Better yet, some Mac Pro have PCI-E 2.0 and you can "try" plugging in a high-end card. Whether it works or not is up to Apple, but seriously, you can do that. Upside? It reduces the price for the same component purchased from Apple... significantly.

So expandability is debatable.

Speed? Same reason as above.

iMac is actually quite a compact package. You might not like it, but like... the rest of the population who can't figure out if that monitor is the computer or that big block is the computer is going to take it up for a decent price.

Truth is Sony and HP are already taking that into account, and they are integrating displays and the rest of the components into one package.

Sad thing is... Apple would have dominated the market a few years back if they priced their components right.

Hear it? See it. YouTube - Crysis Smooth and Maxed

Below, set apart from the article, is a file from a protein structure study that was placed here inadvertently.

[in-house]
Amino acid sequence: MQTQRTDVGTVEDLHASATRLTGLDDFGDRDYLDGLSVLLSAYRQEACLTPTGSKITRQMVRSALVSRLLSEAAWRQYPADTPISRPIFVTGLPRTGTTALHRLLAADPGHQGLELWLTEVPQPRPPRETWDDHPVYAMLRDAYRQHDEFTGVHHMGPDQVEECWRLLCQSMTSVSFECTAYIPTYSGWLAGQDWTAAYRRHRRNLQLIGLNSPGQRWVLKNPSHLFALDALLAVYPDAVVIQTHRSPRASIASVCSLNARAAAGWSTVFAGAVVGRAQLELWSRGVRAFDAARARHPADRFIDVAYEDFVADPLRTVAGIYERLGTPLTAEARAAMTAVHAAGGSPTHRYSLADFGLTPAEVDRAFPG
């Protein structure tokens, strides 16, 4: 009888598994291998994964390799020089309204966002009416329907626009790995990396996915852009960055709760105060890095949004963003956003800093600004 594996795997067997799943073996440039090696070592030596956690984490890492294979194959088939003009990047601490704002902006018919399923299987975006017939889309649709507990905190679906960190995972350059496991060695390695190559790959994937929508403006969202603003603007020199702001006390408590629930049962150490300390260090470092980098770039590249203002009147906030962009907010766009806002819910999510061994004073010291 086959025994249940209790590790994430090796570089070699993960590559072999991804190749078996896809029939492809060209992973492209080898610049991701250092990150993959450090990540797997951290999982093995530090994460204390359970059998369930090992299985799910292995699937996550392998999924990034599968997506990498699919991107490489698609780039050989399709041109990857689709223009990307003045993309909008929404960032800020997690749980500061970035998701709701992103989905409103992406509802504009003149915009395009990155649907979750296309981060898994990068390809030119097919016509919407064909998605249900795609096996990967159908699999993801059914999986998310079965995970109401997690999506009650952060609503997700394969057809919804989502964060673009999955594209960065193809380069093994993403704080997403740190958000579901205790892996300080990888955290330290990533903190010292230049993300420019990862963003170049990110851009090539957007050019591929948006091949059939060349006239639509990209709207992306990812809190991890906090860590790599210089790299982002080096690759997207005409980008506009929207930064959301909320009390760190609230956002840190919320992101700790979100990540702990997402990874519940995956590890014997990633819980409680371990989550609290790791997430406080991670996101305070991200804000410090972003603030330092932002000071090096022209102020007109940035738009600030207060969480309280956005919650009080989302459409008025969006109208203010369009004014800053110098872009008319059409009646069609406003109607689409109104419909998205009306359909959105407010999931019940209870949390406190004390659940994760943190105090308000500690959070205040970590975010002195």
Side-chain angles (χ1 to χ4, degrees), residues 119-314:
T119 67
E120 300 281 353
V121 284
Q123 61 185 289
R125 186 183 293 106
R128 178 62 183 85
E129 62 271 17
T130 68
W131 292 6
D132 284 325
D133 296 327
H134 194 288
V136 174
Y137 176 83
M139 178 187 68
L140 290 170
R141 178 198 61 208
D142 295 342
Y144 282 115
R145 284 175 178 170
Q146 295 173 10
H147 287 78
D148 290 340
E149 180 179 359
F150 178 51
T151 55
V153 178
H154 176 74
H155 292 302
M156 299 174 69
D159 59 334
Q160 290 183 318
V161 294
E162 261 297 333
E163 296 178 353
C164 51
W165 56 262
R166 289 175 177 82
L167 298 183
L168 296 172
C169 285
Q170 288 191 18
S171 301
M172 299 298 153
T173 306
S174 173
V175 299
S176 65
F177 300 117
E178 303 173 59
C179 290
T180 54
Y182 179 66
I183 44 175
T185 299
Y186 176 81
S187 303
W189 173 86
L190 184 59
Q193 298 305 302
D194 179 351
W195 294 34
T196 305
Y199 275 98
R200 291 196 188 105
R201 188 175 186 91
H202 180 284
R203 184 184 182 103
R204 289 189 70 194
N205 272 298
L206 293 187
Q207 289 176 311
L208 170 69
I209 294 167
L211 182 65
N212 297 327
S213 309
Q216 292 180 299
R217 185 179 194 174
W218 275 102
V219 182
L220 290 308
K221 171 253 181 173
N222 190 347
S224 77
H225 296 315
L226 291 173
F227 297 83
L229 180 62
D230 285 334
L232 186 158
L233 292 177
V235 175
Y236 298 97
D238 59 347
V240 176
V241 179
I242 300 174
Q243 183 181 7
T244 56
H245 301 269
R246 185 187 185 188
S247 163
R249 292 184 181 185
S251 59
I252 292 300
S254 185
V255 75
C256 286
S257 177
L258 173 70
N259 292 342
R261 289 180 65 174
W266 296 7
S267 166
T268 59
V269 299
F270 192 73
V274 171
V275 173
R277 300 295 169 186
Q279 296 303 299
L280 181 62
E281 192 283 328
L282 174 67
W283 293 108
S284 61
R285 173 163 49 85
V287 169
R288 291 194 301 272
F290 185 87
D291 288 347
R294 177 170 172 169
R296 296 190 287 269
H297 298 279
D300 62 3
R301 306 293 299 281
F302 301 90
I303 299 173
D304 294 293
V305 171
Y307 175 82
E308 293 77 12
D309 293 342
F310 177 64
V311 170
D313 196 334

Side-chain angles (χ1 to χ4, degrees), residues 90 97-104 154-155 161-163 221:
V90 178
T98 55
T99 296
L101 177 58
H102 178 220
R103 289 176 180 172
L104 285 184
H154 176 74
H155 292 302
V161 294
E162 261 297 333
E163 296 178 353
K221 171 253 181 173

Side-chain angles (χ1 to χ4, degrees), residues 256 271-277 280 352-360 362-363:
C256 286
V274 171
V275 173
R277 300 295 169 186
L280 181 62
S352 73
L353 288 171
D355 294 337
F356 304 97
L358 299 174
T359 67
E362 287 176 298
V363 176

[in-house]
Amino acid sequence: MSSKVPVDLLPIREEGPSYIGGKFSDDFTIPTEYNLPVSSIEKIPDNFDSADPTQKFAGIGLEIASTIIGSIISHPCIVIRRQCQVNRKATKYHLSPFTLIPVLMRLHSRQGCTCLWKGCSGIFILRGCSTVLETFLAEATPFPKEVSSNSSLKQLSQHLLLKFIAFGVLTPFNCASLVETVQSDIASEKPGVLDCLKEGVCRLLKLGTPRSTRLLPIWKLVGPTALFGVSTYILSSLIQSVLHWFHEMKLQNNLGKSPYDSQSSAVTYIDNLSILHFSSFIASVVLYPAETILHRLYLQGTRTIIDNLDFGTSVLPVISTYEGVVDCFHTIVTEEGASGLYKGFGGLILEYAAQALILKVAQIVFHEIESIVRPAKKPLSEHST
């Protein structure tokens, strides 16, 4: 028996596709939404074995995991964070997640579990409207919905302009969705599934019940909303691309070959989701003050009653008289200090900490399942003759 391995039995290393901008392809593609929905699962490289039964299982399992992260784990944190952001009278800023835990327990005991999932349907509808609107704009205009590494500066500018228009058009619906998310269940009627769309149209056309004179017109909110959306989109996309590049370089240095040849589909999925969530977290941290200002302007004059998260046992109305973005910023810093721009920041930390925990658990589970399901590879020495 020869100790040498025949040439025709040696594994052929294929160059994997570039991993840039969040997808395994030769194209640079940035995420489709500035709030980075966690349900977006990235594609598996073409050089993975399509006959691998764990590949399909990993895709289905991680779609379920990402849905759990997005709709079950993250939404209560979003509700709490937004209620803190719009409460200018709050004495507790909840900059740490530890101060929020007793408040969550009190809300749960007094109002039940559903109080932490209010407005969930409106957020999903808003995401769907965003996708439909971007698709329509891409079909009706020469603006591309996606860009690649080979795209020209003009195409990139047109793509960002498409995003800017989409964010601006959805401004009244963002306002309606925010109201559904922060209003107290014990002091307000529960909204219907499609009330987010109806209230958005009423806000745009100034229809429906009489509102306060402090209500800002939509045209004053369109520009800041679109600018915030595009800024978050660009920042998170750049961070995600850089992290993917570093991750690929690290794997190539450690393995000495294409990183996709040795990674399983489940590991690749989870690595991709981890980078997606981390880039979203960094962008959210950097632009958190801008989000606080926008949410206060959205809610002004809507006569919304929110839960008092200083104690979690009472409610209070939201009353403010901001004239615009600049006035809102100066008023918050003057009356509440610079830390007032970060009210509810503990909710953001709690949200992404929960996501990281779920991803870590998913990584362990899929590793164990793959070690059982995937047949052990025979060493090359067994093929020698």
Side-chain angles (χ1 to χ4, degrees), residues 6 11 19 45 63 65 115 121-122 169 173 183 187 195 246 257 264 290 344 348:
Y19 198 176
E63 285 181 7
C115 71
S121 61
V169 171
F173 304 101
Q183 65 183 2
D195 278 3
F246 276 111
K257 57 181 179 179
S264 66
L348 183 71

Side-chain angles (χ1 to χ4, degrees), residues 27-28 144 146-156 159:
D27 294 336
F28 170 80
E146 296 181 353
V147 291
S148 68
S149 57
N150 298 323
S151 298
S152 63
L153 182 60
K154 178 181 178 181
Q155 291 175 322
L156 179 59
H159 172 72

Mind you, the PC in that demo is nine months ago technology.
I played it. 2 years ago. I have tried this game on god knows how many configurations and god knows how many times. You can ask around because I even have benchmarks and pictures of it running at way over 60fps.

Recently tried it on a 4GHz Q9450 system with 4GB of DDR2 RAM (needless to say, all of the sticks clocked to death), and an overclocked HD4870.

But it stutters and hiccups anyway, no matter the configuration. Blame the developers for that.

Actually, ask Phil. I'm probably the one who talked about this game the most in the forums whenever I test it on a new configuration. And you might not believe this, but I tested that game on a lot of OSes, too. XP, Vista, and Server 2008... 32-bit or 64-bit... you name it. The game just works the same on all of them. Not the slightest difference. Slight hiccups and pauses now and then. Cause? Could never find it. Happens on all configurations, so...

Battery life on a Mac Pro or an iMac is not much better. 8P
Mac Pro is a workstation...
iMac is a desktop computer.

But that aside, Macbook Pro's battery life is up to 3 times that of the Sager.

Say... Sager is rated for about 2 to 2 and half hours, right? Macbook Pro is rated for up to 8 hours.

Apple - MacBook Pro - Technical Specifications - All the specs for both 15- and 17-inch MacBook Pro notebooks